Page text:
The hardest job as an engineering manager is advocating for people. This means understanding how they work, what drives them and how they spend their time and energy.
A key part of doing this is offering recognition for both effort and success, be it privately, to the team or to higher management, to support individuals in accessing development opportunities.
But, as you know, engineers tend to be introverted or quiet when it comes to speaking about accomplishments or struggles. Sometimes it is even hard to see it, as it happens with paying down technical debt, which is traditionally very difficult to notice. New feature development oftentimes implies re-working old code, so these activities are not as clear cut as they might seem, and take more cognitive complexity.
That’s also the case with other patterns you might come across in your team. When you know them, it becomes easier to consistently recognize and appreciate contributions and efforts that otherwise go unnoticed. You can do that during one-to-ones, daily stand-ups or retrospectives. This consistent attitude will reinforce healthy, more sustainable behaviors in your performing team.
At the same time, motivation is deeply influenced not just by mastery, but also autonomy and purpose. And being a great manager means to let developers solve the technical challenges, providing them freedom, trusting them and supporting their decisions.
While your engineers should be spared any unnecessary frustration, they need to be able to function within a complex web of relationships. They should focus on moving the project along, while learning how to relate and build relationships with colleagues in other departments.
Your people need to be able to work without being micromanaged. Of course, giving them autonomy to thrive and grow doesn’t mean the absence of any management either.
But outside of emergency or crisis situations, they need to control what tasks they focus on, in what order, and in what way.
Purpose relates to your engineers understanding the bigger picture and what part they play in reaching the end goal. If that’s still not clear, it’s up to you to help them see how they fit in and the impact of their efforts.
It also helps if they are personally invested in the product. It can feel utterly exciting to be working on something you’re passionate about. And being able to take pride in your work is a source of great joy, renewed energy and motivation.
When it comes to helping each of your people attain mastery and a clear purpose, there is rarely a need for expensive, sophisticated programs. Allowing them to explore new technologies or take on projects that spark their interest will be useful.
On the other hand, engineers usually experience performance drops if they feel their efforts go to waste. Engineering managers can monitor individual performance drops using One-to-one reports provided by Git Analytics tools like Waydev.
Great managers see their team as a holistic system that works based on a certain input and provides output accordingly. Whenever there’s a different output than expected, they investigate the cause and clear the way.
Tracking code reviews, visualizing work patterns, spotting bottlenecks and process issues can show you if there’s a matter of having unclear targets, goals and expectations within the engineering team.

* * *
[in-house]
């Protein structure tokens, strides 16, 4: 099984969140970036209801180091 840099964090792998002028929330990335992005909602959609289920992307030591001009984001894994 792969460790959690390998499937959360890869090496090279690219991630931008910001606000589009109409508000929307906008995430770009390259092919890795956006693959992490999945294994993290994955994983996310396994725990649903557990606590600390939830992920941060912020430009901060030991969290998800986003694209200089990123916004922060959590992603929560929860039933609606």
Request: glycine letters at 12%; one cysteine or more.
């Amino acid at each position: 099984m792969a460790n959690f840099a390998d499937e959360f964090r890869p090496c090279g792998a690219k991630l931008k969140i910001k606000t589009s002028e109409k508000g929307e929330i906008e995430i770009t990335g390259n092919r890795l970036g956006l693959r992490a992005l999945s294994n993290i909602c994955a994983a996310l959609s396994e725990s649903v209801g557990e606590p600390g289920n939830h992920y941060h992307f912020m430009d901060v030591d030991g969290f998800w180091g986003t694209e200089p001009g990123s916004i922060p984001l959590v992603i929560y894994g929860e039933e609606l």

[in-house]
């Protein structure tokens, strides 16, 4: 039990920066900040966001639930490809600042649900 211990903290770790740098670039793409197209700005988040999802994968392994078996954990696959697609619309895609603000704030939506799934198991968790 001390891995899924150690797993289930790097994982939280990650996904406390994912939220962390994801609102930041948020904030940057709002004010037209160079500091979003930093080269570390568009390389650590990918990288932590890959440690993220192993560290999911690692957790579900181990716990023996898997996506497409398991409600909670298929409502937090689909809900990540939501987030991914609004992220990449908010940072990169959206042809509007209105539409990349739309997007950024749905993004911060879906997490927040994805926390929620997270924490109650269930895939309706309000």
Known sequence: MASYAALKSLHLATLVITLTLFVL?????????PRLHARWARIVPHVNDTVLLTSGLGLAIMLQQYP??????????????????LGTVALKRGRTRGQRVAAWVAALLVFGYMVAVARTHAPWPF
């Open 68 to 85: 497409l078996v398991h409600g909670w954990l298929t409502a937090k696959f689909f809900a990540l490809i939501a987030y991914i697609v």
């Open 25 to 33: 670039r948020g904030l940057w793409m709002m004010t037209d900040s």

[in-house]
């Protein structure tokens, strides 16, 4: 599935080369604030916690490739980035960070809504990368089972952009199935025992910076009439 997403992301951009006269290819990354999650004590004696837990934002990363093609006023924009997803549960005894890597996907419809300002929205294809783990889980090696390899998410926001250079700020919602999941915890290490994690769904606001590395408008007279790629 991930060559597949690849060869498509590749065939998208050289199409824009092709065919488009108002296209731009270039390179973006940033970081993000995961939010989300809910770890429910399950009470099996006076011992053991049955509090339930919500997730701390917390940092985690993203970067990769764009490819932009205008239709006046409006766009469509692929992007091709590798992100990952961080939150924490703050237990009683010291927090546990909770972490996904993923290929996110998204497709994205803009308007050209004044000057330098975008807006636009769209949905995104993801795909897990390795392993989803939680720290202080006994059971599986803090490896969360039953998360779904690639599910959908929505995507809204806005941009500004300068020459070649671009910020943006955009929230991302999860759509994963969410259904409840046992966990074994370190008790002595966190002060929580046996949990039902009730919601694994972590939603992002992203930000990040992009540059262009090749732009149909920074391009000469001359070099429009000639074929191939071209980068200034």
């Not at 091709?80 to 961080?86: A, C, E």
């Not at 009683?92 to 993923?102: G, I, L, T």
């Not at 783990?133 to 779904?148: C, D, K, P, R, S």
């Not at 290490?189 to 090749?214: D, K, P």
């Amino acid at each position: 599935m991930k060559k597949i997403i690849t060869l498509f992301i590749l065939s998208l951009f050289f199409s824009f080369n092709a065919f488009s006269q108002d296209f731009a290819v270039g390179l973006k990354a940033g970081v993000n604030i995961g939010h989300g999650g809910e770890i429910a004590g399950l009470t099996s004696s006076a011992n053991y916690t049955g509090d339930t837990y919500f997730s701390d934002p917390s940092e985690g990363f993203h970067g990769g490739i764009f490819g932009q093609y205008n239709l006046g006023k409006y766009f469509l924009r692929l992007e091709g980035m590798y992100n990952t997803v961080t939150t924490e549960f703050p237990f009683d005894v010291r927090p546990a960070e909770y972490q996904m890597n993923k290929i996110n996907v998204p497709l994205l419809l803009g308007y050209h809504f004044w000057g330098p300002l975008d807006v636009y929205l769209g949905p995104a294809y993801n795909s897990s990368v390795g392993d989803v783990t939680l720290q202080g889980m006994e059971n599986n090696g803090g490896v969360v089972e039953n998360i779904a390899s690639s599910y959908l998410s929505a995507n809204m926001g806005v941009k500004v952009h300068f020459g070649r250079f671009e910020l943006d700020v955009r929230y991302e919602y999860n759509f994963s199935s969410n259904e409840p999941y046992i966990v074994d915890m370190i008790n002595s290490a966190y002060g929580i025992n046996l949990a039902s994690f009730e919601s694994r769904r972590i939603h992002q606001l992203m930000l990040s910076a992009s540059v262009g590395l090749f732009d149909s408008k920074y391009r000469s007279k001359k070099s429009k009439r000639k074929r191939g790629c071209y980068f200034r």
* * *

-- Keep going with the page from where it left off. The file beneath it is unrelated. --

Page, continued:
Your role is to clarify these aspects, make yourself available whenever someone needs you and provide responses based on individual approaches. They already see you as their trustworthy leader. Be their guide when it comes to quality issues and assisting those struggling with their tasks, while letting them develop decision-making, leadership and cooperative skills along the way.
One of the most exciting aspects of engineering management is fostering a unique team culture.
Our advice is to truly understand the existing culture, how the team functions, and what works for them. After you understand your team habits and practices, you can build from there and implement new things.
It often happens to see that over time, as the team grows, some of them aren’t working well for them anymore. That is the moment when you have to start to remove the bad or unhealthy processes, and introduce some new practices.
These new practices have to be defined by what your team believes in (based on their input), while embodying the company’s vision and culture (code reviews, weekly development sharing, hack days). The next step is identifying what behaviors align and encourage them.
Another way to inspire a strong culture is to bring unbiased data reports to scrum ceremonies. This way, engineers can build a culture that values the healthy tension between speed and thoroughness in their work.
When talking about the success of development teams, the working environment is often neglected. A good engineering manager knows how crucial it is to provide a productive development environment.
Whether we are talking about giving your team the right tools, finding a balance between releasing new features and refining existing ones, or designing onboarding processes for new engineers, managers are the key to creating an environment fit for progress.
A good leader will recognize the potential of onboarding as a tool for empowering new hires. It can also give existing team members the chance to share their knowledge and mentor. You will also be able to detect team members with leadership qualities and define their growth trajectories.